Gonadal tissue cryopreservation for a girl with partial androgen insensitivity syndrome

Esther L. Finney*, Emilie K. Johnson, Diane Chen, Barbara A. Lockart, Elizabeth B. Yerkes, Erin E. Rowell, Mary Beth Madonna, Earl Y. Cheng, Courtney A. Finlayson

*Corresponding author for this work

Research output: Contribution to journalArticle

1 Scopus citations

Abstract

Individuals with differences/disorders of sex development (DSD) have increased rates of infertility. For children and youth undergoing prophylactic gonadectomy for malignancy risk, our institution offers gonadal tissue cryopreservation, an experimental technique to preserve fertility cryopotential. An 11-year-old girl with partial androgen insensitivity syndrome presented for evaluation for fertility preservation in the setting of a planned bilateral gonadectomy at an outside institution. At presentation, the patient had begun puberty with an elevated serum androgen level and was experiencing undesired virilization. She expressed a strong female gender identity, an understanding of the various treatment options, and a preference for gonadectomy to prevent further virilization. After thorough counseling with the patient and family in our institution's multidisciplinary DSD clinic, she underwent bilateral gonadectomy with gonadal tissue cryopreservation. Her gonadal pathologic examination demonstrated well-developed peripubertal testes, with present, albeit decreased, numbers of spermatogonial germ cells, decreased Leydig cells, and nonspecific degenerative changes. The patient and her family chose to maintain the cryopreserved tissue for the patient's potential future use. To the best of our knowledge, the present case is the first reported case of gonadal tissue cryopreservation in a patient with partial androgen insensitivity syndrome. Storage of gonadal tissue is a feasible method of germ cell preservation in patients with DSD undergoing gonadectomy, although further research advances are required to facilitate development of this tissue into mature gametes capable of biological fertility.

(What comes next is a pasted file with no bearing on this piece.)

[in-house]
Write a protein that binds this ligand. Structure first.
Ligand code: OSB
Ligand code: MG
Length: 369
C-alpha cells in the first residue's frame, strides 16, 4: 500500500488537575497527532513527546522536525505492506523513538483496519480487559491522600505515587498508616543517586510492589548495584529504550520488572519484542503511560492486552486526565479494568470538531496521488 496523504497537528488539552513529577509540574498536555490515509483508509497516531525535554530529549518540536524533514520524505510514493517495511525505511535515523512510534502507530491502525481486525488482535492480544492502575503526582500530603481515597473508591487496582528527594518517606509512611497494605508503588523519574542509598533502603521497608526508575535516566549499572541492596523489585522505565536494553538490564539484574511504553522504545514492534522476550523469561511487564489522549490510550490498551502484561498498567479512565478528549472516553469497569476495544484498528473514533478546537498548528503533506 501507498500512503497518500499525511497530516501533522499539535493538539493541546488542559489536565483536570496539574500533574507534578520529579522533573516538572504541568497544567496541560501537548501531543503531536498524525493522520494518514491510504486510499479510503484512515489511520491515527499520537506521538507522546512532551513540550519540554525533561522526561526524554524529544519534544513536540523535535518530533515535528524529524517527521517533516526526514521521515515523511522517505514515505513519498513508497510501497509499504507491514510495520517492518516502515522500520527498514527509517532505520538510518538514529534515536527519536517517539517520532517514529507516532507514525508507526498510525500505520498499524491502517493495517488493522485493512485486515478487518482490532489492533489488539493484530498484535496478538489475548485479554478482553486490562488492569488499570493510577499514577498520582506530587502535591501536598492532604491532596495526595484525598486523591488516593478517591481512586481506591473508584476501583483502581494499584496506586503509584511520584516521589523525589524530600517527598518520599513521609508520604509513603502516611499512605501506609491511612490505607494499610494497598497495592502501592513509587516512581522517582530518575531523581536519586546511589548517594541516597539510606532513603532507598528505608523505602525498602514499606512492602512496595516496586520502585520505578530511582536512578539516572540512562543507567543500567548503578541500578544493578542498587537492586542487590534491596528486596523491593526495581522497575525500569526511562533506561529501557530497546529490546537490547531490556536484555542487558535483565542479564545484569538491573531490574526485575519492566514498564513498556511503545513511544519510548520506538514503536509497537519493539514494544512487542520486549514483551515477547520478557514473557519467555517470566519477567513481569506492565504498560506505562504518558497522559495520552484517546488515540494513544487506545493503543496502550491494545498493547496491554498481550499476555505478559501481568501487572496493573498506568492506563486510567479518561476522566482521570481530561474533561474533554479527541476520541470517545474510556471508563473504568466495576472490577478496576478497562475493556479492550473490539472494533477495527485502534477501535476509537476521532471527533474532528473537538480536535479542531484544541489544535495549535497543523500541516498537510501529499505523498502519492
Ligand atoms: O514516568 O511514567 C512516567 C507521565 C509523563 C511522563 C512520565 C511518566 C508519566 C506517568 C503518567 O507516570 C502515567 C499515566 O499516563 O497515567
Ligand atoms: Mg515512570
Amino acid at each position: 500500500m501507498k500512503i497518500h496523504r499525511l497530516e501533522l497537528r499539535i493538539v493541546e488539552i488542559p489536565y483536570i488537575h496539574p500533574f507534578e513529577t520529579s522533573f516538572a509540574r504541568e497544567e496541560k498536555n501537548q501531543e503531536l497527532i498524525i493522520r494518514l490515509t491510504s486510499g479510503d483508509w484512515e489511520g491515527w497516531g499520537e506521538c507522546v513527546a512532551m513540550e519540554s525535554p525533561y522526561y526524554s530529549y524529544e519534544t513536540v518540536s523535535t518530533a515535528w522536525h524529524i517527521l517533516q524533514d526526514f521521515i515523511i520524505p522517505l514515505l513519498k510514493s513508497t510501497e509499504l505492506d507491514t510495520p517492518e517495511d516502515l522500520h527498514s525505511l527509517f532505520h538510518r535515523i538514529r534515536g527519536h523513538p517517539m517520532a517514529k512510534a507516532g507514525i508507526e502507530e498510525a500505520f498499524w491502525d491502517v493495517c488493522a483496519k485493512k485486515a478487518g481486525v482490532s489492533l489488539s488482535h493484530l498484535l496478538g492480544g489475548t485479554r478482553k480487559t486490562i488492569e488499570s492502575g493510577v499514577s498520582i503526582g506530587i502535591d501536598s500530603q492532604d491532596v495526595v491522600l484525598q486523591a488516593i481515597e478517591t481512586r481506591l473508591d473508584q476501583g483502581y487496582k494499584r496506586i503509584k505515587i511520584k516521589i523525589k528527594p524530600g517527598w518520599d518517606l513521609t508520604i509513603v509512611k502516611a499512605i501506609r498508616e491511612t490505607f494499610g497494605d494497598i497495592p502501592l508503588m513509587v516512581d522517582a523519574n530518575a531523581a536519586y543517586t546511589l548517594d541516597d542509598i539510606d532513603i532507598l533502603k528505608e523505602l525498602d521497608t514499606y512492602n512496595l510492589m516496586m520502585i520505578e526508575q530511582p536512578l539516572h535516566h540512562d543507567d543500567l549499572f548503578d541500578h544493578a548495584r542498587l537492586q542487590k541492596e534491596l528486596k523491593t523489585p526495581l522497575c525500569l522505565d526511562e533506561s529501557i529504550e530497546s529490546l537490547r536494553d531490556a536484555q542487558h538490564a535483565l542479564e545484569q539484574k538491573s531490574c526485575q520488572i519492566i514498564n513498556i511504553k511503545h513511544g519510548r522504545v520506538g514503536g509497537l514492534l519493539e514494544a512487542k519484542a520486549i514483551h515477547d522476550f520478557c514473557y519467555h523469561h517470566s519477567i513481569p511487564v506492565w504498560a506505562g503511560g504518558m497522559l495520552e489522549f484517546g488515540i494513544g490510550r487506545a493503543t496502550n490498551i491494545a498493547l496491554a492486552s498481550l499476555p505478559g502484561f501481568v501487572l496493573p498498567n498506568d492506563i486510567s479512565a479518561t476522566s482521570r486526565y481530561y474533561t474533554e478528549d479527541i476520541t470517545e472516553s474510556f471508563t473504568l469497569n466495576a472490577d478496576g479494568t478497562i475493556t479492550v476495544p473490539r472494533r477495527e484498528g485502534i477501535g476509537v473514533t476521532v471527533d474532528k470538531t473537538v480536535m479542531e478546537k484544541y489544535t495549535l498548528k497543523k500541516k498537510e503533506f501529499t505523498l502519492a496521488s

Original languageEnglish (US)
Pages (from-to)887-891
Number of pages5
JournalJournal of the Endocrine Society
Volume3
Issue number5
DOIs
StatePublished - May 1 2019

Keywords

  • Androgen-insensitivity syndrome
  • Decision making
  • Disorders of sex development
  • Fertility preservation
  • Spermatogonia

ASJC Scopus subject areas

  • Endocrinology, Diabetes and Metabolism

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